"I thought it would be completely different, especially because I did what I had to do as far as reporting it. I just thought that I would be more protected," Brown said of his time at Google.

"The companies have an obligation to keep the workplace safe and to take all reasonable steps to prevent harassment from occurring and these companies are being called out on that publicly," DeSimone said. "In terms of this lawsuit, we hope to be part of this movement across the country that is holding the companies accountable for the harassment that unfortunately still is prevalent in many workplaces especially, it appears, tech companies."

On Monday, a jury ordered Tesla to pay nearly $137 million in damages to an employee who was exposed to racist abuse, discrimmination and harassment at the company's factory in Fremont.

Brown said he filed the lawsuit so that others don't feel like they have to be silenced.

"I want someone else who's going through something similar, or maybe the same thing, to know it's OK to tell," he said. "I wish I just had the courage and I blame myself so much that I didn't say anything sooner. I just want justice. I just want awareness. That's all I want."

A Feb. 1 hearing is scheduled in the case.

Subscribe to our newsletter to catch every headline.


Outlander VC’s Paige Craig on Investing Early and Identifying Intelligent Leaders

Minnie Ingersoll
Minnie Ingersoll is a partner at TenOneTen and host of the LA Venture podcast. Prior to TenOneTen, Minnie was the COO and co-founder of $100M+, an online marketplace for used cars. Minnie started her career as an early product manager at Google. Minnie studied Computer Science at Stanford and has an MBA from HBS. She recently moved back to L.A. after 20+ years in the Bay Area and is excited to be a part of the growing tech ecosystem of Southern California. In her space time, Minnie surfs baby waves and raises baby people.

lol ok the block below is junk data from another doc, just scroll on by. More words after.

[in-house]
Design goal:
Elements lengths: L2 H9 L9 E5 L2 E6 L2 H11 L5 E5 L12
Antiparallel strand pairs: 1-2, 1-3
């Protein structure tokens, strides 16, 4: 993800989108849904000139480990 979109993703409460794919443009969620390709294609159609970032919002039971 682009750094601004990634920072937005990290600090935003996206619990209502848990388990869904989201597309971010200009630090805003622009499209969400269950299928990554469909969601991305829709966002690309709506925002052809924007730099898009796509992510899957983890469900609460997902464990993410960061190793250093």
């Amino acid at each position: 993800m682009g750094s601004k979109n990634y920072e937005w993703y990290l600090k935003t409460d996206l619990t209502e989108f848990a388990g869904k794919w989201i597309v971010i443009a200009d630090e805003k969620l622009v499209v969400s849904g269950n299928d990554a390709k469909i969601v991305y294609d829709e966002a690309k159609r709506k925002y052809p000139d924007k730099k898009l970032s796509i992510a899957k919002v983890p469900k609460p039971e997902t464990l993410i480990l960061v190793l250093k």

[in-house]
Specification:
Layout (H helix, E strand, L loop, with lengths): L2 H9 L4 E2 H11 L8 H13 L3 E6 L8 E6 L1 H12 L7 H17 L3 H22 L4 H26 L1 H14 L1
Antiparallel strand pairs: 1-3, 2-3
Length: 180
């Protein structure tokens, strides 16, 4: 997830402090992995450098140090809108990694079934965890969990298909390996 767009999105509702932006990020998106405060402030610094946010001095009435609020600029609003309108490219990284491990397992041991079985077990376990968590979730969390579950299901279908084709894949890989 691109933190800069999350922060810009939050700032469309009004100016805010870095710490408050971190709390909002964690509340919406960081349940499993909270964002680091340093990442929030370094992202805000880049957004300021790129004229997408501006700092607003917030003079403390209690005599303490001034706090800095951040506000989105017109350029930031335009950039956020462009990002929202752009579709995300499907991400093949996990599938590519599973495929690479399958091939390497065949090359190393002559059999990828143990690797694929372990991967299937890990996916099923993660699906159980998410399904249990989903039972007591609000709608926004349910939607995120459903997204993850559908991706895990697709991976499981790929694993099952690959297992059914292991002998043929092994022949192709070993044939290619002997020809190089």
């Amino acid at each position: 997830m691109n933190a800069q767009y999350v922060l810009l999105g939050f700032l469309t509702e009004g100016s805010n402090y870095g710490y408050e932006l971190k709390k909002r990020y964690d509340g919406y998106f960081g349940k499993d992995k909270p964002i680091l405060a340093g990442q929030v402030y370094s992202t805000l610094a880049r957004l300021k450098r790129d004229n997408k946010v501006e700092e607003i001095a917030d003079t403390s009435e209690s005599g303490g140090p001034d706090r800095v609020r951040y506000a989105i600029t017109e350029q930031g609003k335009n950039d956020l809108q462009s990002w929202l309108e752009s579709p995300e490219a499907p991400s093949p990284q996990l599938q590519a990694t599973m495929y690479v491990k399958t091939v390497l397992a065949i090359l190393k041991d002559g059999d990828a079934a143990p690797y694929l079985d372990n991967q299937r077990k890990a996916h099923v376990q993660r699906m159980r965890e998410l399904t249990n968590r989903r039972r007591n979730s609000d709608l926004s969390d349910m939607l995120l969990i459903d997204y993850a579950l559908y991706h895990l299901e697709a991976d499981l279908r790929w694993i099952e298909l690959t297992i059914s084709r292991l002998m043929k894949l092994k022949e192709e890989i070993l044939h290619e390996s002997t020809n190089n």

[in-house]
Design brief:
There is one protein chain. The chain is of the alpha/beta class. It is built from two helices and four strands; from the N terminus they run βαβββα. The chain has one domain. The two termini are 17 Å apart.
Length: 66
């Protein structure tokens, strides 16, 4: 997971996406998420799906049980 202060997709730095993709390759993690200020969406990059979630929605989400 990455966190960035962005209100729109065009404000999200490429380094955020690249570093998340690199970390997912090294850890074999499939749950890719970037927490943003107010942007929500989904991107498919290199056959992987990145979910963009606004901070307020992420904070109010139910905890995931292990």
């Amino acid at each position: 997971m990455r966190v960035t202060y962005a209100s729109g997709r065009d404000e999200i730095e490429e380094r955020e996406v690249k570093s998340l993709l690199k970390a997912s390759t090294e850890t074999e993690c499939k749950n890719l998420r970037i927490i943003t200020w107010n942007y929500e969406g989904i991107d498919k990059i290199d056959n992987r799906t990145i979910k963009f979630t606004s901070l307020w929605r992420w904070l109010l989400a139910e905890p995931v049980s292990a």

Outlander VC’s Paige Craig on Investing Early and Identifying Intelligent Leaders

On this episode of the LA Venture Podcast, Outlander VC founder and Managing Partner Paige Craig discusses how he pivoted from working in the defense industry to investing early in major companies like Wish, Scale and Gusto.

Read moreShow less

Vamstar Hopes to Use AI to Address Broken Links In the Medical Supply Chain

Keerthi Vedantam

Keerthi Vedantam is a bioscience reporter at dot.LA. She cut her teeth covering everything from cloud computing to 5G in San Francisco and Seattle. Before she covered tech, Keerthi reported on tribal lands and congressional policy in Washington, D.C. Connect with her on Twitter, Clubhouse (@keerthivedantam) or Signal at 408-470-0776.

Vamstar Hopes to Use AI to Address Broken Links In the Medical Supply Chain
Courtesy of Vamstar

In early March 2020, as the world stood on the precipice of the COVID-19 pandemic, the World Health Organization warned countries around the globe of a pending medical equipment shortage. Sure enough, in a matter of weeks—as coronavirus case numbers and deaths skyrocketed and much of the world sheltered in place—face masks, gloves and other personal protective equipment (PPE) became scarce, as suppliers jacked up prices and individuals hoarded what had become a precious resource.

Hospitals were not exempt from this, with many slow to source and provide PPE and other medical devices to clinicians dealing with influx of patients—many of whom were severely ill and dying.

“People died because hospitals did not have the right product to treat them,” according to Praful Mehta, the co-founder and CEO of supply chain startup Vamstar. “This is a supply chain challenge.”

Read moreShow less

E-Bike Startup Wheels Agrees To Sell Business to Micromobility Firm Helbiz

Samson Amore

Samson Amore is a reporter for dot.LA. He previously covered technology and entertainment for TheWrap and reported on the SoCal startup scene for the Los Angeles Business Journal. Send tips or pitches to and find him on Twitter at @Samsonamore. Pronouns: he/him

E-Bike Startup Wheels Agrees To Sell Business to Micromobility Firm Helbiz
Image courtesy of Wheels

West Hollywood-based electric bicycle-sharing startup Wheels has agreed to sell its business to micromobility firm Helbiz, the companies announced Tuesday.

Read moreShow less